As far as I can tell, one of the big uses of the monadic bind operation is to do variable substitution such as

```
do x <- maybeComputeSomething
y <- maybeComputeSomethingElse
maybeDoStuff x y
```

This is all well and good if maybeComputeSomething, maybeComputeSomethingElse, and maybeDoStuff all return Maybe values, but I feel like this form of iterated substitution would be useful in computations even if there wasn't the possibility of a returned Nothing. Since the identity is a monad, I would in some sense expect to be able to do something such as

```
do x <- computeSomething
y <- computeSomethingElse
doStuff x y
```

which would expand to something looking like

```
computeSomething >>= (\x ->
computeSomethingElse >>= (\y ->
doStuff x y))
```

and since bind in the identity monad is simply x >>= f = f x, this would act as

```
doStuff computeSomething computeSomethingElse
```

if >>= were treated as the identity monad's bind, but this (unsurprisingly) fails, because after all I never explicitly stated a monad (unlike the Maybe example when the types are clearly of the form Maybe a) and if Haskell assumed the identity monad everywhere the majority of cases would get cluttered up quite fast by the required disambiguations.

So this leads me to my question. I want some code that feels like

```
do x <- computeSomething
y <- computeSomethingElse
doStuff x y
```

and that does the same thing as

```
doStuff computeSomething computeSomthingElse
```

I understand that I could do this by explicitly defining an Id monad which looks like Maybe except without the Nothing possibility, but this takes types a -> Id a, and so doesn't really define the identity monad. Furthermore, my functions now have to have types a -> Id b, whereas I would really like them to still be of the form a -> b. Is there a way to create the repeated substitution feel without introducing complexity in the types involved?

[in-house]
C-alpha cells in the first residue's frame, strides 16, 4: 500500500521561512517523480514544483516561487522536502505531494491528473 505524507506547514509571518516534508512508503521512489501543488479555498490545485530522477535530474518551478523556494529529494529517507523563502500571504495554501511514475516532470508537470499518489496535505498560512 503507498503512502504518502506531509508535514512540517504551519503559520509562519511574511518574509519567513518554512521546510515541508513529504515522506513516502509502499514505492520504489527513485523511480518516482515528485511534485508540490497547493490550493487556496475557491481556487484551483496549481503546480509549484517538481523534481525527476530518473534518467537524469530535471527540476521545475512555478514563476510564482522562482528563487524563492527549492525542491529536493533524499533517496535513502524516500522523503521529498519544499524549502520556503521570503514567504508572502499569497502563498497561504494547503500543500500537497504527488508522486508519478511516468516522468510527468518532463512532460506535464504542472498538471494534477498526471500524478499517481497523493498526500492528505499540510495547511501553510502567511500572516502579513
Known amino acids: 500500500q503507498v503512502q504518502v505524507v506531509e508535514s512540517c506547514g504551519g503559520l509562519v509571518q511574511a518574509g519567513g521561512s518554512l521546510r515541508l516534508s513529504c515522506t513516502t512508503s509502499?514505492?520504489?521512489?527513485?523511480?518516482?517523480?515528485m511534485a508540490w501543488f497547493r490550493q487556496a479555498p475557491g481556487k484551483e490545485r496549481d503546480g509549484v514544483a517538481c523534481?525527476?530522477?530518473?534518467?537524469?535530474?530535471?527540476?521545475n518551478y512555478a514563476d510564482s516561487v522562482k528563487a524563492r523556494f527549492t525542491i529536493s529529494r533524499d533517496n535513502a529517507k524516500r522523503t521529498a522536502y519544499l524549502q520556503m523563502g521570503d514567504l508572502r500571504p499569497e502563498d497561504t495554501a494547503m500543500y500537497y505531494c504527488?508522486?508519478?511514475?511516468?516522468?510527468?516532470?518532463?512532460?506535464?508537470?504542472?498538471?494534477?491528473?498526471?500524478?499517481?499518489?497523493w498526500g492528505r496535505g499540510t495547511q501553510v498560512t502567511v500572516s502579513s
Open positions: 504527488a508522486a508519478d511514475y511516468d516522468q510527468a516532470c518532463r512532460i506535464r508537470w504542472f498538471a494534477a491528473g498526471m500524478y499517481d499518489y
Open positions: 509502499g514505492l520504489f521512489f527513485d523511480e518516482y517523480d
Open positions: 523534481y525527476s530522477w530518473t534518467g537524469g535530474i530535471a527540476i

`let x = computeSomething; y = computeSomethingElse in doStuff x y`

? – jho Mar 25 '11 at 10:54`let x = computeSomething; x = workWith x in workMoreWith x`

although I guess that would work? – Brian Hamrick Mar 25 '11 at 19:31`let a = 1; a = a+1 in a`

and it didn't compile, which doesn't make sense to me since it should seem to expand to`(\a -> (\a -> a) a+1) 1`

, which is fine, but the code`do a <- Just 1; a <- Just (a+1); Just (a+1)`

gives`Just 3`

, as expected, since that is actually`Just 1 >>= (\a -> Just (a+1) >>= (\a -> Just (a+1)))`

. This is a pretty big advantage which comes from the fact that the bind operator separates the lambda expressions enough to allow for reuse of the variable name. – Brian Hamrick Mar 25 '11 at 19:50`a`

is the one you are defining.`let a = a + 1`

will blow up for most numerical types. but consider`let ones = 1 : ones in ones`

which uses the same construction, and generates an infinite list by referencing itself. To implement your example, you'd need to alpha rename the second variable:`let a = 1; a' = a + 1 in a'`

or just`b where b = a + 1; a + 1`

. There is no "non-capturing variable binding" let (a la scheme/ml's let) in Haskell. With Haskell 2010 you can exploit pattern guards to get some semblance of this, but I'm out of room. – Edward KMETT Mar 25 '11 at 20:12`b where b = a + 1; a = 1`

– Edward KMETT Mar 26 '11 at 1:01